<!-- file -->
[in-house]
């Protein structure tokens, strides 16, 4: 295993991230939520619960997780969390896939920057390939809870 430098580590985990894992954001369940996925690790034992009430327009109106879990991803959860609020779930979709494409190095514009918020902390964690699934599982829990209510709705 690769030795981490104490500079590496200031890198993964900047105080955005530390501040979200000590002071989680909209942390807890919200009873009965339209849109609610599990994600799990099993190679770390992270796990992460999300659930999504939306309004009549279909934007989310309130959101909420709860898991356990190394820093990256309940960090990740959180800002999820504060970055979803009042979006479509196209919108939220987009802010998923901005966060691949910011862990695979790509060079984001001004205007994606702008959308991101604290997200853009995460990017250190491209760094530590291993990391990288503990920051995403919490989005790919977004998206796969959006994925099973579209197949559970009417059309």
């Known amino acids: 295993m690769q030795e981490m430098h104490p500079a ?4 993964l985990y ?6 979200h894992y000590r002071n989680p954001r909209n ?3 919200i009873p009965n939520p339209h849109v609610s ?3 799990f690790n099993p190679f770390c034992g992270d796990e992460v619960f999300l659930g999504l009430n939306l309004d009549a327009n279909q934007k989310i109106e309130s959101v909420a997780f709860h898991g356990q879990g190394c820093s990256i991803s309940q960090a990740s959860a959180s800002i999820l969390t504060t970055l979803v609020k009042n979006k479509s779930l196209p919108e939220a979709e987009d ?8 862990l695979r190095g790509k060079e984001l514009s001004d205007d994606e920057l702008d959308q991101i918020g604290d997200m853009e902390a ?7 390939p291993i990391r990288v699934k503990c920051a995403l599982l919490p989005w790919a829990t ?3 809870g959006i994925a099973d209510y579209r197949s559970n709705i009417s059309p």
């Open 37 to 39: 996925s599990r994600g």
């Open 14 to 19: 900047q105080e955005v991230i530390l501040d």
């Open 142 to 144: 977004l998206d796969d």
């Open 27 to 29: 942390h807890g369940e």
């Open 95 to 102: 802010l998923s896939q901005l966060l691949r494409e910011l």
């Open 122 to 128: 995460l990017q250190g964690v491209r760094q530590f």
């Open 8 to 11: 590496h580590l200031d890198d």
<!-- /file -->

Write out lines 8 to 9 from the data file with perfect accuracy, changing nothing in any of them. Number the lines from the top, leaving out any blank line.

């Open 95 to 102: 802010l998923s896939q901005l966060l691949r494409e910011l």
């Open 122 to 128: 995460l990017q250190g964690v491209r760094q530590f």